Is social influence the new celebrity?

MELBOURNE -- Product placement is making its way into the blogs and Instagram photos of "social influencers," or Internet celebs. And Australia's Repless is leading the way.
Written by Lieu Thi Pham, Contributor

MELBOURNE -- Devin Graham, also known as "Devinsupertramp," has a knack for producing videos that go viral, such as, "World's Largest Rope Swing""Human Slingshot Slip and Slide", or the occasional video game promo. The 29-year-old Utah resident, who has over one million followers on his YouTube channel, has worked with high-profile clients, such as entertainment giant Warner Bros. and video games publisher Unisoft, to create marketing and promotional content.

Graham is representative of a new type of celebrity -- "the social influencer" -- defined by Melbourne social media agency Repless as "anybody producing or curating content in a meaningful way that attracts and maintains a large number of followers, subscribers or fans."

Product placement and celebrity endorsements are nothing new, but Repless, established in 2012, claims they are one of the first companies to pioneer the connection between brands and social media influencers.

Acting as middleman, Repless helps brands (or the agencies that represent them) to reach engaged social media followers and fans through product placement and integration opportunities. And in doing so, it enables social media influencers to earn money from their following.

"It's become a very lucrative market," Repless founder Shannon Dolan, a communications strategist, told SmartPlanet. "These social influencers are not working in obscurity anymore, they're working with some of the biggest brands in the world who are relying on these sorts of influencers to access an audience they could never have talked to before."

Repless was initially an online platform through whicht brands could connect with social media influencers directly, for an introduction fee of AUD$100 (USD$94).

Today the five-person agency, whose clients include 7-Eleven, General Motors, Samsung and Tiffany & Co., has expanded its scope of services to offer social media consulting and management. The business receives between 10 to 20 percent of a campaign budget for design, execution and monitoring, or operates on a monthly retainer basis for the management of a brand's social media.

Repless has access to over 600 global social influencers, active across personal blogs and social media channels including YouTube, Twitter, Facebook, Pinterest and Instagram.

The agency works with campaign budgets ranging from AUD$5,000 (USD$4,724) to AUD$30,000 (USD$28,347). Clients come to Repless with their objectives -- to raise brand or product awareness, to direct visitors to a site, or to deliver profits -- and the agency connects them to an appropriate influencer, or group of influencers, that can best fulfill the brief.

Recently Repless designed an execution for the integration of products from Bailey Nelson, an Australian brand offering AUD$95 (USD$90) prescription optical and sunglasses, into the Instagram account of a Melbourne social influencer with a following of over 16,000 people.

This influencer (who has asked to be unnamed) claims she genuinely like the Bailey Nelson product, but says that anonymity is key to maintaining integrity for the brand and ambassador, a title that she has adopted.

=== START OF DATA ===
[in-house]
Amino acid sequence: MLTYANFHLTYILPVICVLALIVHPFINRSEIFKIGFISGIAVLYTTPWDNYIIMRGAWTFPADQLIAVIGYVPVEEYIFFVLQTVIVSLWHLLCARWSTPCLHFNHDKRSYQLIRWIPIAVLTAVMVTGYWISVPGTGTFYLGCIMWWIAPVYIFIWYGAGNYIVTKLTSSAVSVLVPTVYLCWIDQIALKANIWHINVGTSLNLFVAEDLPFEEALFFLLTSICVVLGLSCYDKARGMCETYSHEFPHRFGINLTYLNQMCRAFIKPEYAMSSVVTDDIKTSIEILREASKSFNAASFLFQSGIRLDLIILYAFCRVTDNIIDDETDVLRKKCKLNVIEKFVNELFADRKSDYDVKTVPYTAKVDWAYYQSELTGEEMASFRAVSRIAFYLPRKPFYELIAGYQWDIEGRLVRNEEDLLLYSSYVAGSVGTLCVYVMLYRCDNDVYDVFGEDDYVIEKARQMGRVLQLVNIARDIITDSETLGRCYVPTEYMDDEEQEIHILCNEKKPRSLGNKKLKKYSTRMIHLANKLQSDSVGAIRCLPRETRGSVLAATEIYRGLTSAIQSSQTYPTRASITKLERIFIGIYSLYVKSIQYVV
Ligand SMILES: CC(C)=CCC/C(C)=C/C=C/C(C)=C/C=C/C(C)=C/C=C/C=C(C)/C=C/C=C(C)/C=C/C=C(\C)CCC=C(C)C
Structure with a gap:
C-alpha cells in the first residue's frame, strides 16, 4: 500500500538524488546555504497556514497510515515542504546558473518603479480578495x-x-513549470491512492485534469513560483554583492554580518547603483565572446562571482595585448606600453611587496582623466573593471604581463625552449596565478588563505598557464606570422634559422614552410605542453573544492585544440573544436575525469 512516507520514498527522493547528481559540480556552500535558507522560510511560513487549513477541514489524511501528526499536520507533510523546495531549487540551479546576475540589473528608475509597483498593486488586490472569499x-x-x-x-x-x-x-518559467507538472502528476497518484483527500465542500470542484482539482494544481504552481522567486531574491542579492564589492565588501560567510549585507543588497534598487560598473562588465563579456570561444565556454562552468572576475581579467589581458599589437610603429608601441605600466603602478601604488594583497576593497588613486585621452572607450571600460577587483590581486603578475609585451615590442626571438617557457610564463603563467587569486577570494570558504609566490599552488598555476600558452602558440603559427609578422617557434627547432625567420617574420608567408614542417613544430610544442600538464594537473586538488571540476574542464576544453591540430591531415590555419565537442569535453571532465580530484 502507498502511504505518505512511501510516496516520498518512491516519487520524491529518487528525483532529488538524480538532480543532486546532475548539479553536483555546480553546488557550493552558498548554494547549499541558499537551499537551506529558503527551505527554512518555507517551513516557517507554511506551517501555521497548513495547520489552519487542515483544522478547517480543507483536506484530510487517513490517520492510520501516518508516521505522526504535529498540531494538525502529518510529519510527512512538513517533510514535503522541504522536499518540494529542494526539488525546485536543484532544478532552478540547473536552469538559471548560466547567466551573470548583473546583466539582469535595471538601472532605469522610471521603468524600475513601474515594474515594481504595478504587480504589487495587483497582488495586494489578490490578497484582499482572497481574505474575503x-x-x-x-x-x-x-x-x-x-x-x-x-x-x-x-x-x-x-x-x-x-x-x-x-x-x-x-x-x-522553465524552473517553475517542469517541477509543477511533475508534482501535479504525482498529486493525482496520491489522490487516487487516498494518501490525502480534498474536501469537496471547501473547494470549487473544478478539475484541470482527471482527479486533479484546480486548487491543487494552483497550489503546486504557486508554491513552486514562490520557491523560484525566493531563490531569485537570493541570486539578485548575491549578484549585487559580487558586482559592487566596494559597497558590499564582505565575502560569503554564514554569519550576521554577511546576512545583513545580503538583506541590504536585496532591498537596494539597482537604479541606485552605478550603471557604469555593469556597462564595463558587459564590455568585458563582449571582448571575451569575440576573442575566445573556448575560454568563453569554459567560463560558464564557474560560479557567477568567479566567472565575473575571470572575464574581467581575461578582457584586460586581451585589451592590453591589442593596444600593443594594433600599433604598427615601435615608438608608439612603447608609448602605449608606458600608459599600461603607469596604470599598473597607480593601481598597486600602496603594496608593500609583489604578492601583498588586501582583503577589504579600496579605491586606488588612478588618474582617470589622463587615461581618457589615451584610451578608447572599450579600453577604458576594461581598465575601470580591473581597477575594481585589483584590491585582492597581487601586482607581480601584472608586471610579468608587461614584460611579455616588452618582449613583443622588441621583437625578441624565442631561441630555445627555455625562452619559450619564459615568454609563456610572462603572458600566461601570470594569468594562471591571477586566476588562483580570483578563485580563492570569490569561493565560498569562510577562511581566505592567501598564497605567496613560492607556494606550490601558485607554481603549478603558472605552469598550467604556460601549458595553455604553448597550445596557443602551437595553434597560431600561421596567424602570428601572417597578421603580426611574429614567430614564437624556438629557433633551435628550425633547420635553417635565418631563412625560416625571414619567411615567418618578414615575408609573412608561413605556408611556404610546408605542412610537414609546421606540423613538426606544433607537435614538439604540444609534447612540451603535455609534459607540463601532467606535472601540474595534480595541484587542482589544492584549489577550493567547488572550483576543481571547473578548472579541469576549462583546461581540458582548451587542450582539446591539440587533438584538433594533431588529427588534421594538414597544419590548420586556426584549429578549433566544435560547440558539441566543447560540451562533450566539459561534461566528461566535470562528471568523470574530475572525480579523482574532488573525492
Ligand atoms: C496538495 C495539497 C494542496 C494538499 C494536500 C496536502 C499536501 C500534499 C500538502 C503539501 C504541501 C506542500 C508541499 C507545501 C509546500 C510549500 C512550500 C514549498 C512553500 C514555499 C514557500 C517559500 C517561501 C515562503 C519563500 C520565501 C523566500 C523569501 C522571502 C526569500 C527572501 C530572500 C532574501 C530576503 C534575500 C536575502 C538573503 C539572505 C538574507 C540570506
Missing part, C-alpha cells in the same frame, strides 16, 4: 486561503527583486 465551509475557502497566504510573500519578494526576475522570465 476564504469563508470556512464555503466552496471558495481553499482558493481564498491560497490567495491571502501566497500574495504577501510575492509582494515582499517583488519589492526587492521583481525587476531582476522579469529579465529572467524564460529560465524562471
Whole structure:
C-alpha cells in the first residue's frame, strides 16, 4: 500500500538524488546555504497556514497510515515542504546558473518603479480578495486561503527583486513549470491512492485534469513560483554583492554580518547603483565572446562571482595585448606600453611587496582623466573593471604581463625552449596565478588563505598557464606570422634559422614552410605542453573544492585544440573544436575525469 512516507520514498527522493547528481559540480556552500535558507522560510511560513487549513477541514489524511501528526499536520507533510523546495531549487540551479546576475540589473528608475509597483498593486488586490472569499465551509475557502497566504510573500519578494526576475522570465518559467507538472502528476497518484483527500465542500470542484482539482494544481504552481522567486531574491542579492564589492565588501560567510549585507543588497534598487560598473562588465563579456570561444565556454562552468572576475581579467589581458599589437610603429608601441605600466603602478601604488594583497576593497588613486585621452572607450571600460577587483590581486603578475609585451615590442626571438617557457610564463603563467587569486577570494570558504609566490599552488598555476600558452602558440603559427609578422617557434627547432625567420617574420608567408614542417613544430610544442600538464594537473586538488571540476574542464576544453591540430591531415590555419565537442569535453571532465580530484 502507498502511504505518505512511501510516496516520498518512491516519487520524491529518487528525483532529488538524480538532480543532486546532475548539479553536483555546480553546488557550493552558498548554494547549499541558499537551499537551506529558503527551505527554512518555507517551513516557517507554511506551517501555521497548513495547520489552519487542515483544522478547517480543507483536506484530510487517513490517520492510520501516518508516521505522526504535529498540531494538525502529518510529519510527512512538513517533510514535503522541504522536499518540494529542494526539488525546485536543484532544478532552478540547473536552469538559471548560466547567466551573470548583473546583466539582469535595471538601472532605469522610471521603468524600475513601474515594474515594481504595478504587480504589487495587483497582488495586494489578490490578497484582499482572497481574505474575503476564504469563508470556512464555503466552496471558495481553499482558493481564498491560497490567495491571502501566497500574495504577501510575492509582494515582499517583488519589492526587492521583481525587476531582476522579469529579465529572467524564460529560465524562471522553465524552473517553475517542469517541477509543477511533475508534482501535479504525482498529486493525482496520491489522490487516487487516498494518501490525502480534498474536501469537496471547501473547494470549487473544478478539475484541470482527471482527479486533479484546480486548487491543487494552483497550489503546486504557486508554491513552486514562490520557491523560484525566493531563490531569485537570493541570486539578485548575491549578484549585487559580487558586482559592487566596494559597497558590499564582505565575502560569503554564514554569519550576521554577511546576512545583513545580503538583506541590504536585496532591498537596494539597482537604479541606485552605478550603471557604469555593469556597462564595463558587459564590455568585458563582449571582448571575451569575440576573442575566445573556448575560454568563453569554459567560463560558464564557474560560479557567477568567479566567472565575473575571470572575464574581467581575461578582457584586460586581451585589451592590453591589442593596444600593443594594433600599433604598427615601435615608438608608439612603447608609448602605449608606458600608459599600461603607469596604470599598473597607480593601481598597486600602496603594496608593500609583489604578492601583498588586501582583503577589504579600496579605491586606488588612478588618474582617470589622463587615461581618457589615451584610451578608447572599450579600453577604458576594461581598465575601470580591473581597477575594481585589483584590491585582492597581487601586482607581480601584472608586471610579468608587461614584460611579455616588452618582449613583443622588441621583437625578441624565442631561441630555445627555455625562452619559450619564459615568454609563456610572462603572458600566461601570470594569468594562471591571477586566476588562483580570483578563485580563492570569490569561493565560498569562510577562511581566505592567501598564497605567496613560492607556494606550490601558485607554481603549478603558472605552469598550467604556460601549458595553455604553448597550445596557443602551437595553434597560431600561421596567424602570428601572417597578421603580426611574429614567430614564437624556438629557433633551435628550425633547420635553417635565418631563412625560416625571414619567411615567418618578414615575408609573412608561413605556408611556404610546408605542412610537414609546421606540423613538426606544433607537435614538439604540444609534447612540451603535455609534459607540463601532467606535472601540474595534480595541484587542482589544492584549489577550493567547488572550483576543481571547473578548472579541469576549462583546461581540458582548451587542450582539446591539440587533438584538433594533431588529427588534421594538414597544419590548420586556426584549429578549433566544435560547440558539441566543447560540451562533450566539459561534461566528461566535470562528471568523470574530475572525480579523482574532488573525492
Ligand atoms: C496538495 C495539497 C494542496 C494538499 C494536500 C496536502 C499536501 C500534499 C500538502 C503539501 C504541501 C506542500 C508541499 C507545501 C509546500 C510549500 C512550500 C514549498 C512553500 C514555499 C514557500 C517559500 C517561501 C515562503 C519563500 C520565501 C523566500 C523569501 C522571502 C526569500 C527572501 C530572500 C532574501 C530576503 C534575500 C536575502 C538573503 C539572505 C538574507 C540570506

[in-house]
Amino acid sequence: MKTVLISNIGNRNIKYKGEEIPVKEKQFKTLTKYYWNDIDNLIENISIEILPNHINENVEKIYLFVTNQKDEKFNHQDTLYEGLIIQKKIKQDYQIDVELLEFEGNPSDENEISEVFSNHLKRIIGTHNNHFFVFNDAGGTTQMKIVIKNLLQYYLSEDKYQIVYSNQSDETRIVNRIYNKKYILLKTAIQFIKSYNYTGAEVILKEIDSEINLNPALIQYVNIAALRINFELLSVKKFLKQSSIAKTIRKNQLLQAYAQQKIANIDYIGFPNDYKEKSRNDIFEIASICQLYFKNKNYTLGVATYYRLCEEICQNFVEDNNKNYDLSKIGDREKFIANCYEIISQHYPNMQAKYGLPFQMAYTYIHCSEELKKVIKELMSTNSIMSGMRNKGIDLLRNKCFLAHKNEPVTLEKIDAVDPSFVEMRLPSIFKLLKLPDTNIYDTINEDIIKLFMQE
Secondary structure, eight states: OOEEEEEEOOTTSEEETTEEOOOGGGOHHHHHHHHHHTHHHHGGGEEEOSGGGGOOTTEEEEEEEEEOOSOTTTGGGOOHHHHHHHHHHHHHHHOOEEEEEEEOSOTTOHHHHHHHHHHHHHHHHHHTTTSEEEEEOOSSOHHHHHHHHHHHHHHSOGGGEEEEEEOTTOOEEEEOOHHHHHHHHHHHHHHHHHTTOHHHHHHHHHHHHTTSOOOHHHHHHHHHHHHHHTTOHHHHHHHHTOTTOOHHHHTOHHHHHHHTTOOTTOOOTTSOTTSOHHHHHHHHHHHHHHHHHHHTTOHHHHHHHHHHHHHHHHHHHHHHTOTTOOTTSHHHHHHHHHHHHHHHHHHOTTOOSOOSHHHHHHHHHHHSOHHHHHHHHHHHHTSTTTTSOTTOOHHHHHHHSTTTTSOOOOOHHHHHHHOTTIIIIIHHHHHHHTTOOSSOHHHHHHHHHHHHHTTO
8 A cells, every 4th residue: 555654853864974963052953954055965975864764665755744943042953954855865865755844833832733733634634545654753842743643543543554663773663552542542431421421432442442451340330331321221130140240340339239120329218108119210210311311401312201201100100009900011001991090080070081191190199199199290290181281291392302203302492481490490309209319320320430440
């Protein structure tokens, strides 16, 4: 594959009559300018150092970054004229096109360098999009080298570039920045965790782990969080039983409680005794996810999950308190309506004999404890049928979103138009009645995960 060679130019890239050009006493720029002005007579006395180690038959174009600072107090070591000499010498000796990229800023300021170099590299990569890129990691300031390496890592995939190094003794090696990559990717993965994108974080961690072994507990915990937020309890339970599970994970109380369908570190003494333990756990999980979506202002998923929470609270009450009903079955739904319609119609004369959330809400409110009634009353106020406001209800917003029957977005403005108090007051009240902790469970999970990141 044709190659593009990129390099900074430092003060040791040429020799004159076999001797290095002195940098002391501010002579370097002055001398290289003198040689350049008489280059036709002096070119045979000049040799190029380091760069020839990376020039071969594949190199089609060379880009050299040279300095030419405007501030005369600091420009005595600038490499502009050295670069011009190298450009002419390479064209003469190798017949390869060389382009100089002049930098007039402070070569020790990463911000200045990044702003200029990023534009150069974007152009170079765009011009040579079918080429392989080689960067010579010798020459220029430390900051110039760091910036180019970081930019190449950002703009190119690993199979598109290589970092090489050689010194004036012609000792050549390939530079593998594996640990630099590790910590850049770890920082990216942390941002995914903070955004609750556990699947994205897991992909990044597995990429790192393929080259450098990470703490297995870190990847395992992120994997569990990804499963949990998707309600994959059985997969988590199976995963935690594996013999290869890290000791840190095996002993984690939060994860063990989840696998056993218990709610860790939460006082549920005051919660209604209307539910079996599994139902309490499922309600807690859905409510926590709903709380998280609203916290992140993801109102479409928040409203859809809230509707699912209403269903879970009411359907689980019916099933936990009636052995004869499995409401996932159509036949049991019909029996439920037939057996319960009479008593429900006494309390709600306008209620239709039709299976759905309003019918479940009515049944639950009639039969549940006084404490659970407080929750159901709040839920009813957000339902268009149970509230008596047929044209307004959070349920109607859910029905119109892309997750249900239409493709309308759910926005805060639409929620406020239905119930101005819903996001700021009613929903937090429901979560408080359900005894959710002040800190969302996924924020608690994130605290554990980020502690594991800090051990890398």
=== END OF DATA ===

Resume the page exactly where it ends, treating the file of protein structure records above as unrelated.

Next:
"I know it's important to Bailey Nelson for my endorsement to appear natural and not paid, and I want any future brand ambassador work I do to be able to appear natural too," the social influencer said.

Bailey Nelson State Manager James Hinley claims that social media replicates word-of-mouth marketing. "Partnering with individuals who have influence through social media grants us access to another pathway to communicate and expose our product to potential and existing customers," he said.

According to Dolan, the Bailey Nelson execution is a good example of what you can do on a small budget. He said that there are some social influencers who "won't roll out of bed for less than AUD$30,000 (USD$28,347)," but in most cases, a budget is weighted to the campaign, not the social influencer.

Last year, Repless was engaged to work on a Warner Bros. Records campaign to grow the audience and direct sales for the then emerging artist Outasight. To create the exposure required, Repless decided on a single video integration, with the song featuring as a background to a "best of" compilation by social media celebrity Devin Graham, whose previous videos typically achieved views of three million or more.

Repless reported that within a month, Graham's video featuring the Warner Bros. Records track achieved over one million unique views. The activity resulted in the original music video receiving over 100,000 views in the same period (a 12 percent increase in the views it already had to date). The campaign is credited with a 70 percent increase in sales.

Dolan, who has an advertising and media agency background, says this business arrangement is an ongoing challenge. He explains that most social influencers will only work with products and clients they feel won't disrupt their content or damage their reputation.

The Melbourne consultant believes that audiences today accept that advertising is part of the media they consume, no matter what the platform, and contends that they would prefer the product to be integrated rather than appear as a pre-roll or pop-up advertisement.

"Of course, there's always a risk of backlash," Dolan said. "There will always be internet trolls saying you're a sellout. I think it's always up to the individual how they deal with that, and how much of an effect it's going to have on their following which they've worked hard to build."

Photos: Devin Graham on location (main), and Repless founder Shannon Dolan.

This post was originally published on Smartplanet.com

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